How to select the best TV antenna and equipment for the attic. 

The first thing to understand is that a TV antenna of the same kind will always work at least a little better mounted outside above your roof line. In the attic directional antennas always work better than omnidirectional antennas. In certain areas it's possible that some incoming TV signals may be too weak to be received with an attic mounted TV antenna but can be received with the same antenna mounted outside. However, that doesn't mean you can't have success with the antenna mounted in your attic. The first thing I suggest is that you submit a TV antenna recommendation form >. This will help you determine the correct TV antenna and equipment for your location. Consider the topics above and if everything seems favorable for success then by all means mount the TV antenna in your attic.

Note: TV antennas mounted in the attic are more likely to benefit from the installation of a signal preamplifier or a distribution amplifier located near the antenna. The signal amplifier can help offset some of the effects of the attic. All Winegard preamplifier's and distribution amplifier we offer can be powered from below via the coax cable if an electrical outlet is unavailable in the attic.

The biggest mistake made when selecting the best TV antenna for attic installation

Selecting an antenna that's to small and inadequate to do the job. If the antenna best suited for your location is too large for the attic space available it is best to go outside with the antenna. To many people down size the antenna just so it will fit in the attic and that's a mistake. If a high signal gain (powerful) antenna is required to meet the reception requirements of your particular location I suggest you take a look at the HD Stacker antenna.

The HD Stacker antenna > unique design (at just 70" long) allows it to perform as well as antennas that are 12 plus feet long. If your attic space won't allow an antenna the size of the HD Stacker take a look at the EZ HD antenna >. Inch for inch both antennas outperform any competitors antenna.

HD Stacker TV antenna attic mount

Above is an excellent example of an attic mounted HD Stacker TV antenna > provided by Tony from Acworth, GA. He used the 36" J pole antenna mount > to mount the TV antenna. Nice job Tony!

Daniels EZ HD antenna attic installation

Above is Daniels EZ HD antenna attic installation. 
He used the 18" J pole mount.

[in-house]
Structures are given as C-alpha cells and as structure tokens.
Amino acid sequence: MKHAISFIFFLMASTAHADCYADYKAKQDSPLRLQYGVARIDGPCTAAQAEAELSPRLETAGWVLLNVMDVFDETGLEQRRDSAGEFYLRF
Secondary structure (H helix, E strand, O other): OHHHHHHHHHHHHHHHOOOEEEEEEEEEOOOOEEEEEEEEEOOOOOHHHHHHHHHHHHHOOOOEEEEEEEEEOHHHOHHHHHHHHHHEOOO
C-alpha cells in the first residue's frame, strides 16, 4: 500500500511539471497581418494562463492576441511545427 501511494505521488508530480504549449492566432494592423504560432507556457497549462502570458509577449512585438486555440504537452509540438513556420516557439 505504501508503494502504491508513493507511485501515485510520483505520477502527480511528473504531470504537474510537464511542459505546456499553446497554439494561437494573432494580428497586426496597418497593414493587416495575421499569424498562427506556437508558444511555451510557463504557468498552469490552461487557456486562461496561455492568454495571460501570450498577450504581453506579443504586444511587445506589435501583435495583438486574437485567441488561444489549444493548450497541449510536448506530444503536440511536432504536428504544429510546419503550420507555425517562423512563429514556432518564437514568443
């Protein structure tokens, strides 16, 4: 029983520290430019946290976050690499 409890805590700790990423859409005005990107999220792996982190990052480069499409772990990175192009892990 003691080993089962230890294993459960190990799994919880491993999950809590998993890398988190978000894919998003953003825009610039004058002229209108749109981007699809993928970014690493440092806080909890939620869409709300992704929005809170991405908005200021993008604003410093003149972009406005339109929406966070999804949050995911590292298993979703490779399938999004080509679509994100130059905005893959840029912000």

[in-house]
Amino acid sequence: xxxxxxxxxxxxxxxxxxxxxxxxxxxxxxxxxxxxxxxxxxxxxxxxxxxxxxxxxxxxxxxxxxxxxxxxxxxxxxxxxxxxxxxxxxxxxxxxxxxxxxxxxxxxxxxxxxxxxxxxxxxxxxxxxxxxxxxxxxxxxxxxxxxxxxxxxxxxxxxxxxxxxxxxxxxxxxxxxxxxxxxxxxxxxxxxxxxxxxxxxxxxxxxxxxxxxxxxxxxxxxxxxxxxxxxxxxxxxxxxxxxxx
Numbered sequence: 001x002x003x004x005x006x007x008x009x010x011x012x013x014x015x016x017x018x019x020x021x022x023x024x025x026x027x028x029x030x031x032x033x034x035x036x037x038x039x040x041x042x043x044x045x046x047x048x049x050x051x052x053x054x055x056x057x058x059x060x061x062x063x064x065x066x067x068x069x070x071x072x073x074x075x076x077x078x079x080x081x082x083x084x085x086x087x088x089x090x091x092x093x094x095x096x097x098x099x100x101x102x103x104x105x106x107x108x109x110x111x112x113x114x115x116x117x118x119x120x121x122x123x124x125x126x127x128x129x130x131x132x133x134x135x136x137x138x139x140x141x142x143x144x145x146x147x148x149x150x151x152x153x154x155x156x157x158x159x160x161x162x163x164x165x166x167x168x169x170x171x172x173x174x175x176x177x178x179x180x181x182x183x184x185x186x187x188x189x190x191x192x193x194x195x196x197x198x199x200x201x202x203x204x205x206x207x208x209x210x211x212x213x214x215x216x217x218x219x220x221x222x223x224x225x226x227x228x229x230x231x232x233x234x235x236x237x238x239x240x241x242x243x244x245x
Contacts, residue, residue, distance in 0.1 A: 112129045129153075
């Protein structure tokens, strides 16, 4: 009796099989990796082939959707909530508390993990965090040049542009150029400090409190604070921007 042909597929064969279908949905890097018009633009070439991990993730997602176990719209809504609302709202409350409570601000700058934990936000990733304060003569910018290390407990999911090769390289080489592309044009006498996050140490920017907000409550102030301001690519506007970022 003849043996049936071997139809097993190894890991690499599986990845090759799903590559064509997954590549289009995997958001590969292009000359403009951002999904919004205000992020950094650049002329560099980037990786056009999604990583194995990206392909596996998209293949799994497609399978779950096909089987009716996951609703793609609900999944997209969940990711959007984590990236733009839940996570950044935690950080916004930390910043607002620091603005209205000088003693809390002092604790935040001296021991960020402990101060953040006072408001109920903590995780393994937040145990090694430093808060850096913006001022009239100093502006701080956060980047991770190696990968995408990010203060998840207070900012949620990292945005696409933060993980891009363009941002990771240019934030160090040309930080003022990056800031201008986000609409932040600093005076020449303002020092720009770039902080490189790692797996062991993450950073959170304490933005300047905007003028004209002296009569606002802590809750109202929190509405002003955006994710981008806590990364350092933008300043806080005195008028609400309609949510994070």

Mark's HD Stacker attic antenna hung from the rafters using string

Above: The HD Stacker antenna hung using string.
The attic mounted antenna was sent to us by Mark in Wheaton, IL.

Here's what Mark had to say...

Denny, Follow-up: The Stacker works great in my attic. I added a 10db amplifier near the antenna and channel 2 (CBS) is at 89% signal strength. All the other channels moved from 85-90% strength to 100% strength! As I have said in an earlier email, we have tried several other antennas without any success (even with amplifiers). Channel 2 just would not come in consistently.
Now we do not have to put a new antenna on our roof after we get it re-done this spring!
Great product, thank you!


Clay's HD Stacker TV antenna attic

Clay's HD Stacker TV antenna in the attic

Clay from Hellertown, Pennsylvania was kind enough to send in
these pictures of his attic installation of the HD Stacker antenna.

Very tight fit. Nice job!

I had tried several antennas in the same attic location including several imported amplified antennas and I had even tried the EZ-HD antenna. Problem is, virtually all the network stations are over 40 miles away over difficult terrain -- and to make matters worse, two stations I want to get reliably are on VHF-LO. And too there is a PBS station with very low power that I could never get. But there was a problem -- if I were to mount the stacker 'normally', it wouldn't go into the available space without making access through the attic very difficult. So I mounted it upside down with the UHF reflector essentially matching the pitch of the roof and the too-long VHF elements just below the rafter line -- still allowing me to walk under the whole thing without even ducking. Down-lead of RG-6 cable to a distribution amp in the basement and I''m getting all the stations that I want.